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Fitbit IPO pumps up the heart rate of investors

Fitbit IPO pumps up the heart rate of investors

Fitbit is valued at $6 billion dollars with its stock trading for around $30 per share

Executives of FitBit ring the opening bell and celebrate the start of trading of FitBit stock at the New York Stock Exchange on June 18, 2015.

Executives of FitBit ring the opening bell and celebrate the start of trading of FitBit stock at the New York Stock Exchange on June 18, 2015.

Fitbit sprinted into Wall Street in its debut as a public company Thursday, as its shares opened 52 percent higher than the price that the wearables company had set for them.

Priced at US$20 on Wednesday, the stock instead opened at $30.40. Earlier in the week Fitbit had increased the price range of its IPO to $17 to $19 from the original range of $14 to $16.

With its shares trading for around $30, Fitbit is worth approximately $6 billion dollars.

Fitbit's wearables collect health and fitness data, including calories burned and steps walked. While smartwatches also offer these features, some analysts are bullish about fitness trackers, saying that they generally have simpler user interfaces, longer battery lives and lower prices.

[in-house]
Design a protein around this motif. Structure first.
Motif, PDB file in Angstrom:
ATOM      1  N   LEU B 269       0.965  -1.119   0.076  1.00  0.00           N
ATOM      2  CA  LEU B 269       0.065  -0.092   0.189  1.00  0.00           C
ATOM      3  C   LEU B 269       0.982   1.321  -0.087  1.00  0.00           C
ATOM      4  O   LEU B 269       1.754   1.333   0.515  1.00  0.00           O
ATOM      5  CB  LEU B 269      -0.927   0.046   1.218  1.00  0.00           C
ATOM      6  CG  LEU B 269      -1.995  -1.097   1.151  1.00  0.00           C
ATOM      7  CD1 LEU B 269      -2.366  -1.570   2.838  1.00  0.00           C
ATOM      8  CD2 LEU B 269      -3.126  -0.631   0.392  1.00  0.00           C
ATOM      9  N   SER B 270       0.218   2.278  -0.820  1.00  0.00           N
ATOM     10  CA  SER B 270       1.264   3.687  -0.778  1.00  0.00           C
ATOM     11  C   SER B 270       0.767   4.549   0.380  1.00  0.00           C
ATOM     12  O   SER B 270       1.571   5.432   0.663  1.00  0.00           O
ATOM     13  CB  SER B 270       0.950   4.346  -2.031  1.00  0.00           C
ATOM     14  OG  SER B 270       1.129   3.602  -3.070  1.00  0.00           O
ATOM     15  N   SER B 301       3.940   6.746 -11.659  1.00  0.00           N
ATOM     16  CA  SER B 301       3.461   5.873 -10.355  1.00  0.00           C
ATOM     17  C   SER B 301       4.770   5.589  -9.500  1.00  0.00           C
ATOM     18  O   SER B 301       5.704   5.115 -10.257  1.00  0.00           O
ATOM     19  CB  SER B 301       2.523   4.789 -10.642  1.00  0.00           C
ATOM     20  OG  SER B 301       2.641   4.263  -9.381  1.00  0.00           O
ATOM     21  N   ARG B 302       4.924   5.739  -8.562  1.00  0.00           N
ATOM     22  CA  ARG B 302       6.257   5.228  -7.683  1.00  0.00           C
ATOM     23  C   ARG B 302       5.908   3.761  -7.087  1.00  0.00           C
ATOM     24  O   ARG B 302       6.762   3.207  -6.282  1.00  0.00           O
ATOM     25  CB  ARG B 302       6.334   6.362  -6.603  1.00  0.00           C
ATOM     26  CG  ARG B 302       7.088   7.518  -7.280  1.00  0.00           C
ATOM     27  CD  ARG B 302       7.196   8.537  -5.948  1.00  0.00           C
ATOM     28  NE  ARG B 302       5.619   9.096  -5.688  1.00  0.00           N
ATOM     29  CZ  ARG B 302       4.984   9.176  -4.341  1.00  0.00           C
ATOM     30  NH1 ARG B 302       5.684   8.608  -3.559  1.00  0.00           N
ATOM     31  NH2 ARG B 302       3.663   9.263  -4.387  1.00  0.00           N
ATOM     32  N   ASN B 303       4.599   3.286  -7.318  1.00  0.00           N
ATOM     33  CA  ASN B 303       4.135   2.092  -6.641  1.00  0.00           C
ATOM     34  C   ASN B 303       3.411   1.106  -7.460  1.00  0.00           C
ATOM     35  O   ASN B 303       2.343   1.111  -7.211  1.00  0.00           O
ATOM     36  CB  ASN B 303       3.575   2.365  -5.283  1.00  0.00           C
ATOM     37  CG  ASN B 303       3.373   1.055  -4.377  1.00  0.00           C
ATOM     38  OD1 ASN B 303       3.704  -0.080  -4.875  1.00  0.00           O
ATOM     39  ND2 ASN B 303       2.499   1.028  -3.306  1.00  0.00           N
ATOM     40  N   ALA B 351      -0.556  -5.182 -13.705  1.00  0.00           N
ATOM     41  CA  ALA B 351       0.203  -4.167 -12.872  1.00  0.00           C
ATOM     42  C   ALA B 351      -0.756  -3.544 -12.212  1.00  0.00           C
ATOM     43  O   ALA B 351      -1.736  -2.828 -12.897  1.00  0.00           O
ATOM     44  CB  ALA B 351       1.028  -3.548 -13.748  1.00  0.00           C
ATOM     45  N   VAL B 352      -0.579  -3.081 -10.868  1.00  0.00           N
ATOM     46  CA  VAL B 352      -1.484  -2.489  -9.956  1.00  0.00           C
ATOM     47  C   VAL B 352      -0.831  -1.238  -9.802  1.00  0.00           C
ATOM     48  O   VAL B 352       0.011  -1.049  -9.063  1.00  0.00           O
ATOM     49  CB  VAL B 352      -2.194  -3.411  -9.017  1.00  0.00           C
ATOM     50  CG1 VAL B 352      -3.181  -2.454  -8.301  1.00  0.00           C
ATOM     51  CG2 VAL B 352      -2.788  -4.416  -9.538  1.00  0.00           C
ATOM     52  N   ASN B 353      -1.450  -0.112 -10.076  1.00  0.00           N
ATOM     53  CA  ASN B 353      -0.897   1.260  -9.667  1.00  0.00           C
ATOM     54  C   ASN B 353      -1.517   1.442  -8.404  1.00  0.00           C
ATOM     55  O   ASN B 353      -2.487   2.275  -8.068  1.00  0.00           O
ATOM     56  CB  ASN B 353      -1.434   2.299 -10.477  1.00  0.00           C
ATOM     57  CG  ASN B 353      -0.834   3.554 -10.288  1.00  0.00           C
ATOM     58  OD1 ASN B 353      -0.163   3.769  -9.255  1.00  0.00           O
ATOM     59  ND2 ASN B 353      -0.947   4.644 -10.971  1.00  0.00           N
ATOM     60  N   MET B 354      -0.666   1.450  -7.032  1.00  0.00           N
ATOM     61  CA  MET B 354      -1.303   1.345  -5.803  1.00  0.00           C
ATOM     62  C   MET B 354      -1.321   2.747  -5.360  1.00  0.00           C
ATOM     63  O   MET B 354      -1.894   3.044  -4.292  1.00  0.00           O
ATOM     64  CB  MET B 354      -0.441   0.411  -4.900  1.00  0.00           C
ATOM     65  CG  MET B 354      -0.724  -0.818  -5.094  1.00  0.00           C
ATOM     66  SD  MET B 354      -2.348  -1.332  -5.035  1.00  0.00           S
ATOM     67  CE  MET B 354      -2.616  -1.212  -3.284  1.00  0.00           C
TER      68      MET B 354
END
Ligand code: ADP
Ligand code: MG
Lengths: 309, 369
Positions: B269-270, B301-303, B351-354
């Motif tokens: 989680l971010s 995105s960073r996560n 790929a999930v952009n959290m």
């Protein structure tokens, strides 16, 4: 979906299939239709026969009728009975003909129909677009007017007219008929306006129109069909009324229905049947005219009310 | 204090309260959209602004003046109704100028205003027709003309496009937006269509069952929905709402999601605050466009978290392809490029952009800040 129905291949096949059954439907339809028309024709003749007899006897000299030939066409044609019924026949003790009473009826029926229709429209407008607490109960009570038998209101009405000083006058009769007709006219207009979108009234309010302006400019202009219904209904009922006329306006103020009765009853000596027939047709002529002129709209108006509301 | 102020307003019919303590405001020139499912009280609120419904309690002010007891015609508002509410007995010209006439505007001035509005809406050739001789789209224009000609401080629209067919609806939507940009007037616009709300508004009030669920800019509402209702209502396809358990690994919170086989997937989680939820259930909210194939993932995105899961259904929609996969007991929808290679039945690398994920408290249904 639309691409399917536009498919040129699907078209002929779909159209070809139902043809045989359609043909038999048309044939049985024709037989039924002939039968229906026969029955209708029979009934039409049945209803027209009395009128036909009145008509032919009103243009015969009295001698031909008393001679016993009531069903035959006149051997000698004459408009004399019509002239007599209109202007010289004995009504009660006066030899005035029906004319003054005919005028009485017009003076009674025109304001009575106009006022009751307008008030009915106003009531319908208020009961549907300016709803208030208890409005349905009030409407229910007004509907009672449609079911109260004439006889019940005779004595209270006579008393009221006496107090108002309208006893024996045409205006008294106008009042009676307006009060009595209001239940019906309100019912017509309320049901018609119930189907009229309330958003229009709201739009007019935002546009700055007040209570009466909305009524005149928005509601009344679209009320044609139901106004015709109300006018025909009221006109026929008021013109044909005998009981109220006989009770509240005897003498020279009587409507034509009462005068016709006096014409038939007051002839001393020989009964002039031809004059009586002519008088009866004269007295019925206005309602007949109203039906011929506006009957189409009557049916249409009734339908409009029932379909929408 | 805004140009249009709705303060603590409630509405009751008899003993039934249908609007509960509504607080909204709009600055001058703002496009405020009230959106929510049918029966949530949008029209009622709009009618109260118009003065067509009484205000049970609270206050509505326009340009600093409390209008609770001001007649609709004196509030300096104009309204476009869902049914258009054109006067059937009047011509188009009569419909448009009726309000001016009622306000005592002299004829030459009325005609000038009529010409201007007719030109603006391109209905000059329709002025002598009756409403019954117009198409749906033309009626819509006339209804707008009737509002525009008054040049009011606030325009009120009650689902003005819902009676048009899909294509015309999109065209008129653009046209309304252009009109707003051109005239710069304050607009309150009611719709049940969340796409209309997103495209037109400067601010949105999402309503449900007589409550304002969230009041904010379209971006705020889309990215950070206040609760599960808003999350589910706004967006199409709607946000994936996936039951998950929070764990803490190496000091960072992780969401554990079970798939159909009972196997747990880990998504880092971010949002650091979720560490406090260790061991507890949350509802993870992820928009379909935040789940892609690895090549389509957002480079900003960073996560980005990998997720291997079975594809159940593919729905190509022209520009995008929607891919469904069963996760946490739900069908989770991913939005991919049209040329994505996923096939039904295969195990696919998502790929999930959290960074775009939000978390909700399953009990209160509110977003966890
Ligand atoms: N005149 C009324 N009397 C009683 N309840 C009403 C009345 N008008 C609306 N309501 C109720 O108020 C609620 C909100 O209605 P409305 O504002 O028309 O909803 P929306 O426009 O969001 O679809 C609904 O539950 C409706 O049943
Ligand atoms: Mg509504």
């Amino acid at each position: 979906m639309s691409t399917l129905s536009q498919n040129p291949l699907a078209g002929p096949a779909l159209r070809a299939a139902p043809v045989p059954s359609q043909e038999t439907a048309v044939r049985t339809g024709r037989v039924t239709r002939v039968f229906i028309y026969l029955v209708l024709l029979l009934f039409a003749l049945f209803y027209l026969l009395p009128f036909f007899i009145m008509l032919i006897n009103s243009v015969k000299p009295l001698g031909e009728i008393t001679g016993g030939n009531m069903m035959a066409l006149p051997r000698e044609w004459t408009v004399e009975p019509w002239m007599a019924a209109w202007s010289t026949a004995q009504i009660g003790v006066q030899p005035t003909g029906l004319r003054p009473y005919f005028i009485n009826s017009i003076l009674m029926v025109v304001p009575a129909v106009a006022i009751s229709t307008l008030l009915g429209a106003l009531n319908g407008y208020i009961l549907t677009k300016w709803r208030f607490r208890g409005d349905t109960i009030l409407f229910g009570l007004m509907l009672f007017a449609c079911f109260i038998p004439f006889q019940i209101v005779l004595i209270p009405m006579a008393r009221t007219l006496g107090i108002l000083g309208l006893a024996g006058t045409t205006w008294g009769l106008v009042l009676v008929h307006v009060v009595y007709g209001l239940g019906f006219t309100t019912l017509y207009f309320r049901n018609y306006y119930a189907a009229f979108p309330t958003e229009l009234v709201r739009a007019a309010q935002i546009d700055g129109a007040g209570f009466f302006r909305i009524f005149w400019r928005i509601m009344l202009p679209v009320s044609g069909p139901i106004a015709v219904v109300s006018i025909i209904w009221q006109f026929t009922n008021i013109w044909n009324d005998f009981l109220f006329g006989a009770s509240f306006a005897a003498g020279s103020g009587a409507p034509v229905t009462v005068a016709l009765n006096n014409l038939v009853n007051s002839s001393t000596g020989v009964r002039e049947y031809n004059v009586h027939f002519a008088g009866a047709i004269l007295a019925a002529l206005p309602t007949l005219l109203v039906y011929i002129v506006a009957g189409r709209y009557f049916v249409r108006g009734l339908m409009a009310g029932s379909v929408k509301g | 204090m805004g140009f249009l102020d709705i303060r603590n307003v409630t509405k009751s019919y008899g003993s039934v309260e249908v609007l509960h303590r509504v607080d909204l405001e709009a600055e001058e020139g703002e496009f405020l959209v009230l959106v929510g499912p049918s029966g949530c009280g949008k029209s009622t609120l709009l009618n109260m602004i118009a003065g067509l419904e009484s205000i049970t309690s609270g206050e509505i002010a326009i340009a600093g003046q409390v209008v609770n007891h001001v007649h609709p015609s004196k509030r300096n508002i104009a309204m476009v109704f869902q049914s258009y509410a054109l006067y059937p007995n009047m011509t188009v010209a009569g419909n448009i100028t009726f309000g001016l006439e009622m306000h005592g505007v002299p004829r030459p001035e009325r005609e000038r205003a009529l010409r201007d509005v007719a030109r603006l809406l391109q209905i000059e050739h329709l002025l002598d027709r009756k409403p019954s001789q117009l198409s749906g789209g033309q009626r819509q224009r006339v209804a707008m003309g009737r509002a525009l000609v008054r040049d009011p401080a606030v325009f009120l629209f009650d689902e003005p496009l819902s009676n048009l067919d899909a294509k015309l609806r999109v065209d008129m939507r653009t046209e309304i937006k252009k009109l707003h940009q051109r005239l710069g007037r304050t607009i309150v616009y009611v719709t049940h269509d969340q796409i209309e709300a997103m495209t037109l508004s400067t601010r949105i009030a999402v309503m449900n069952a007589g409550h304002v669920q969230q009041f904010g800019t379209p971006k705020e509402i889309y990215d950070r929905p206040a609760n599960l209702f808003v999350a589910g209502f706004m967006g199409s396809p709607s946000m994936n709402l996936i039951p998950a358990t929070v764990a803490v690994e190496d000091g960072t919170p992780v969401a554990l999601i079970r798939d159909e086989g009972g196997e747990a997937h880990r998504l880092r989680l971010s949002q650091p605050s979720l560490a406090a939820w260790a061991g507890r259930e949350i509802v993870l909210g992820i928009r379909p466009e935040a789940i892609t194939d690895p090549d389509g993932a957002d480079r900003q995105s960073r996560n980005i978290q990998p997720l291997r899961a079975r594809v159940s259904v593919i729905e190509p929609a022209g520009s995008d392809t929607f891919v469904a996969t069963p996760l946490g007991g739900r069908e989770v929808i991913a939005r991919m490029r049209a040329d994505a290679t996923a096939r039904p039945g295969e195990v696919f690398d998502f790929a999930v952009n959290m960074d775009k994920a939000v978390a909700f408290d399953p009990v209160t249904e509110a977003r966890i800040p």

In its IPO filing, Fitbit said it held an 85 percent share of the U.S. activity tracker market for the first quarter of 2015, citing figures from research firm the NPD Group.

Competitors include Garmin and Jawbone, which recently filed two lawsuits against Fitbit, as well as Asian consumer electronics companies such as HTC and Xiaomi.

According to an IDC study released Thursday, 72.1 million wearable devices will ship globally this year, compared to the 26.4 million units shipped in 2014, a 173.3 percent year-over-year increase. Wearable sales will continue to increase in the coming years. IDC expects global shipments to reach 155.7 million units in 2019.

Wearable makers may want to consider allowing third-party apps to run on their products, judging by IDC's predictions for the market. Smart wearables, which IDC defined as devices that can run third-party apps, will eclipse shipments of basic wearables in 2016 and hold this lead into 2019.

This year, 39 million basic wearables will ship compared to around 33 million smart wearables. However, in 2019, approximately 66 million basic wearables will ship compared to about 89 million smart wearables.

Device manufacturers are just starting to develop smart wearables, a product category that includes the Apple Watch and Microsoft's HoloLens, according to IDC.

Fred O'Connor writes about IT careers and health IT for The IDG News Service. Follow Fred on Twitter at @fredjoconnor. Fred's e-mail address is fred_o'connor@idg.com


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